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Monday, February 24, 2020

Takeaways for the New Secondary Mortgage Market

By Eric Wilson
August 7, 2018

Topics:
Eric Wilson
SLKGlobal
Secondary Market

EricWilsonEric Wilson is Senior Vice President Business Leader/Mortgage with SLK Global Solutions, Dallas, responsible for the company's suite of technology products. He has more than 20 years of industry experience; he previously served as Vice President and Sales Leader for Mortgage with Genpact. Before that, he was Vice President of Private-Label Sales and Account Management for PHH Mortgage.

This past May, the industry came together in New York City for the Mortgage Bankers Association's National Secondary Market Conference & Expo. Some key takeaways will give you a quick update of what's happening in the mortgage world.

High Costs, Low Volumes
One of the biggest stories to come out of the event was the impact the first quarter had on mortgage lenders. With origination costs still more than $8,000 per loan and significant margin compression, the first quarter was brutal tough for loan originators. The fact that volume was down was icing on the cake. Many lenders in attendance were discussing ways to weather this storm and if it makes sense to consider consolidation and acquisition. As it is, experts are predicting that some mortgage bankers won't survive this year on their own.

The Road to Survival--Potential Solutions
Some of the solutions we heard mortgage bankers and technology firms considering at the show were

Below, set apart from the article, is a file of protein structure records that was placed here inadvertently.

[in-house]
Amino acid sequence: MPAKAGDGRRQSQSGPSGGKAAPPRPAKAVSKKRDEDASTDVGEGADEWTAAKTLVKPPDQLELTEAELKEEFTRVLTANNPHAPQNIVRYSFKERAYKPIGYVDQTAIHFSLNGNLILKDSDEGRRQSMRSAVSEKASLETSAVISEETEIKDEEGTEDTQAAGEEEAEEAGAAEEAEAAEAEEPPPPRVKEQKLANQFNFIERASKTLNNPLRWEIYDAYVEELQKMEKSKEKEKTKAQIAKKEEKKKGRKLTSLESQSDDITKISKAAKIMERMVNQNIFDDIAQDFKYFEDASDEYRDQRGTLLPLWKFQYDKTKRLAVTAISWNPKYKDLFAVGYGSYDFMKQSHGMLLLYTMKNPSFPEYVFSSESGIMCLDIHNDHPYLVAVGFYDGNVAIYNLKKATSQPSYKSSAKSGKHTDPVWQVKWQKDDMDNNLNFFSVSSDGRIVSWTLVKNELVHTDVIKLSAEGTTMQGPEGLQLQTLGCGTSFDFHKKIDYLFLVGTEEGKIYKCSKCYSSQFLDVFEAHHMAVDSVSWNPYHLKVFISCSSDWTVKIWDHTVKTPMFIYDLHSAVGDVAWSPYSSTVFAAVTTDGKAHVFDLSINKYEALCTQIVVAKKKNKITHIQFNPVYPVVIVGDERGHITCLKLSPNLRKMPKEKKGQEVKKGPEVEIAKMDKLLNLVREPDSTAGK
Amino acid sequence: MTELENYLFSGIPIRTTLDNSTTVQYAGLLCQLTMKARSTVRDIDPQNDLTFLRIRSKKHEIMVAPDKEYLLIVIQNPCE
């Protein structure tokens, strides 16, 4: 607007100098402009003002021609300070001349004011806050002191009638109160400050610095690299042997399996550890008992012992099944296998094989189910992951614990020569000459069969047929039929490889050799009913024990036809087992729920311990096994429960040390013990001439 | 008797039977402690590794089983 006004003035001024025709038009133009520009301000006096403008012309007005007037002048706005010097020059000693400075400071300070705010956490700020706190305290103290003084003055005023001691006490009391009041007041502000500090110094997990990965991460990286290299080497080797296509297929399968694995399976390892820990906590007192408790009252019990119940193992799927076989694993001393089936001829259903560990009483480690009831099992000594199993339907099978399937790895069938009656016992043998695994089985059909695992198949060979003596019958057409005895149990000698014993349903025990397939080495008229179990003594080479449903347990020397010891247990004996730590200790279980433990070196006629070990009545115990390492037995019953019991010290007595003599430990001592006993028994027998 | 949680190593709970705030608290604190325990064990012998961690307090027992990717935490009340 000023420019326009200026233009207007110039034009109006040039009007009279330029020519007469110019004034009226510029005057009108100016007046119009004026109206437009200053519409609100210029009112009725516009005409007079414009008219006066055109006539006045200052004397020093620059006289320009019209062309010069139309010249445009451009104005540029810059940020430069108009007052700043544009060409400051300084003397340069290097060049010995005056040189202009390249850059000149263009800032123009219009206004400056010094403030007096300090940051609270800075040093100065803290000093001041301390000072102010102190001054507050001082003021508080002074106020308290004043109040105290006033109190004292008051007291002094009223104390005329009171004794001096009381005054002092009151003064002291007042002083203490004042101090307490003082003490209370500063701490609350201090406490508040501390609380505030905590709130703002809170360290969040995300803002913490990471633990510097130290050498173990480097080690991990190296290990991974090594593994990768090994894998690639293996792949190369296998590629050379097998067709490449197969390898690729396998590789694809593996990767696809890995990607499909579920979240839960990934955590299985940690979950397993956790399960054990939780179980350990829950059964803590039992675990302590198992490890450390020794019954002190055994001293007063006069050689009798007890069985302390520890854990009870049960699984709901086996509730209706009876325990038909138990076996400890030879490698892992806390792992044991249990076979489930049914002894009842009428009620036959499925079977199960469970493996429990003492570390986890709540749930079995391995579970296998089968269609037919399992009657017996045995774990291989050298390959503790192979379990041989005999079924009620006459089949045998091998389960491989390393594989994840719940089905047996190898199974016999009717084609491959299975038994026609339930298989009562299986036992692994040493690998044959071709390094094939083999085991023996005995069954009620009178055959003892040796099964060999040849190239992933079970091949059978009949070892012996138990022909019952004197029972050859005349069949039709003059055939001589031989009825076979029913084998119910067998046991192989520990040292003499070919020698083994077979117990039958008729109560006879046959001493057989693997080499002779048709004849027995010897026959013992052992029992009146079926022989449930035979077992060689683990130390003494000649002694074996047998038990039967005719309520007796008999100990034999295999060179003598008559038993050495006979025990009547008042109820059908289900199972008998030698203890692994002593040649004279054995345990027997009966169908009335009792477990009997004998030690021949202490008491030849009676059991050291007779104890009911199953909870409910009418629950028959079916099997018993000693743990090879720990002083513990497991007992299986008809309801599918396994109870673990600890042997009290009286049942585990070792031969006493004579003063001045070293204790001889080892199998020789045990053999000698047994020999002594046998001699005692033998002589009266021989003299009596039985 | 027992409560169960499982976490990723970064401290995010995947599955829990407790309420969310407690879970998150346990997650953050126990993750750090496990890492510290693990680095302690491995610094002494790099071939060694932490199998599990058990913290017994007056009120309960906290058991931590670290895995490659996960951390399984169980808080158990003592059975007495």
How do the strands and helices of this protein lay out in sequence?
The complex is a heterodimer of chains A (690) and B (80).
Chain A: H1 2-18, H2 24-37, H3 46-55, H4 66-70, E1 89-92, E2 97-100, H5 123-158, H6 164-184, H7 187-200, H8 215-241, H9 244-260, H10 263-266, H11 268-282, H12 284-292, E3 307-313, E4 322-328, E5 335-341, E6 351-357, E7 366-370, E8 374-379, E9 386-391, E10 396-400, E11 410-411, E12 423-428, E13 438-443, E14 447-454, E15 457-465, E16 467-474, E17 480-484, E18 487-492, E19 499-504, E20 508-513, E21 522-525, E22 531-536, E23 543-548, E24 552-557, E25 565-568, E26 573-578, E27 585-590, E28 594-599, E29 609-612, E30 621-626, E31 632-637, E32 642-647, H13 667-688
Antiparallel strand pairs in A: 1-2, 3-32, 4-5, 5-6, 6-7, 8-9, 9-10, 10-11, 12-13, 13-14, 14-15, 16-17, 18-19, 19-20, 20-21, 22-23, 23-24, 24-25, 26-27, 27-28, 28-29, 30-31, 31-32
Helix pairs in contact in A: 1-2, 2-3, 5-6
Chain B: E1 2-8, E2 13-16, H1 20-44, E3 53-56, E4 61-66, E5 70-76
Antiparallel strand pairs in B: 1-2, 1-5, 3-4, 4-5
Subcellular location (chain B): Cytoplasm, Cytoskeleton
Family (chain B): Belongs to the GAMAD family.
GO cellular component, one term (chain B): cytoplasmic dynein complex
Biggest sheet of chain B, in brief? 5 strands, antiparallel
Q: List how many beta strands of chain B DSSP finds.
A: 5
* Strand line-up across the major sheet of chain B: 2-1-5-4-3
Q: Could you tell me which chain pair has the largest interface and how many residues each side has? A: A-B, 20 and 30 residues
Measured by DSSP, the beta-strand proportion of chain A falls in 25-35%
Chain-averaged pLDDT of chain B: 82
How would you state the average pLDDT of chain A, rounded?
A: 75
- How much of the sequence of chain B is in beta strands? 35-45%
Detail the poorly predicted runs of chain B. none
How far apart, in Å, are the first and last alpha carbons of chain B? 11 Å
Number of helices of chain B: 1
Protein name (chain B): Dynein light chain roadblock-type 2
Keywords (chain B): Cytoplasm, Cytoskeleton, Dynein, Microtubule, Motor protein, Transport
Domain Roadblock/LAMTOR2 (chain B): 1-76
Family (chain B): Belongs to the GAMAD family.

(a) Selling portfolios to offset originations;

(b) Buying smaller/niche mortgage companies to increase market share; and

(c) Vendors looking at reducing their fulfillment services business and focusing on services that support the acquisition activity, like due diligence.

The Gap Between Idea and Availability
Those that were dedicated to remaining in the business as they are now were primarily discussing technology. There was some hand-wringing over the fact that no silver bullet could be found to take a lender fully digital overnight. Lenders still felt there is a large gap between the ideal automated solution, one that both reduces risk and reduces costs, and the solutions that are available in the marketplace today. While they may just be telling themselves this, as there was an underlying tone to these discussions that indicated a hesitation to jump into full automation.

The Fear of Lower or No ROI
Every lender seems to want--and need--what digital lending promises; it's just that the perceived consequences of failure (fines, reputational risk, loss of upfront investment) are significant enough to hold them back. A cycle of failures can easily knock some of the technology companies out of the business, especially if lenders see significant penalties for missteps.

Lenders felt that the big tech play will come from one of the Top 10 firms and is farther down the road. It's just not here yet.

All Technology, No Services--a Definite No
The buzz is that many service providers are pulling out of the space entirely. Most of these players had invested in both on and offshore operations and they just could not generate a sufficient return on those investments.

Overall, I felt very secure in the offering my team has for the mortgage industry today. Yes, technology is the way to go, but not alone. It has to be packaged well with optimum business process management solutions to lower costs, enhance operational agility and also reduce risk. Our ability to introduce new technology and provide the expert staff to deliver solutions lenders need now is what makes us different.

After coming through one of the toughest quarters yet, lenders are still positive about the future. They still see the opportunity, they just need good partners to help them reach it.

(Views expressed in this article do not necessarily reflect policy of the Mortgage Bankers Association, nor do they connote an MBA endorsement of a specific company, product or service. MBA Insights welcomes your submissions. Inquiries can be sent to Mike Sorohan, editor, at msorohan@mba.org; or Michael Tucker, editorial manager, at mtucker@mba.org.)

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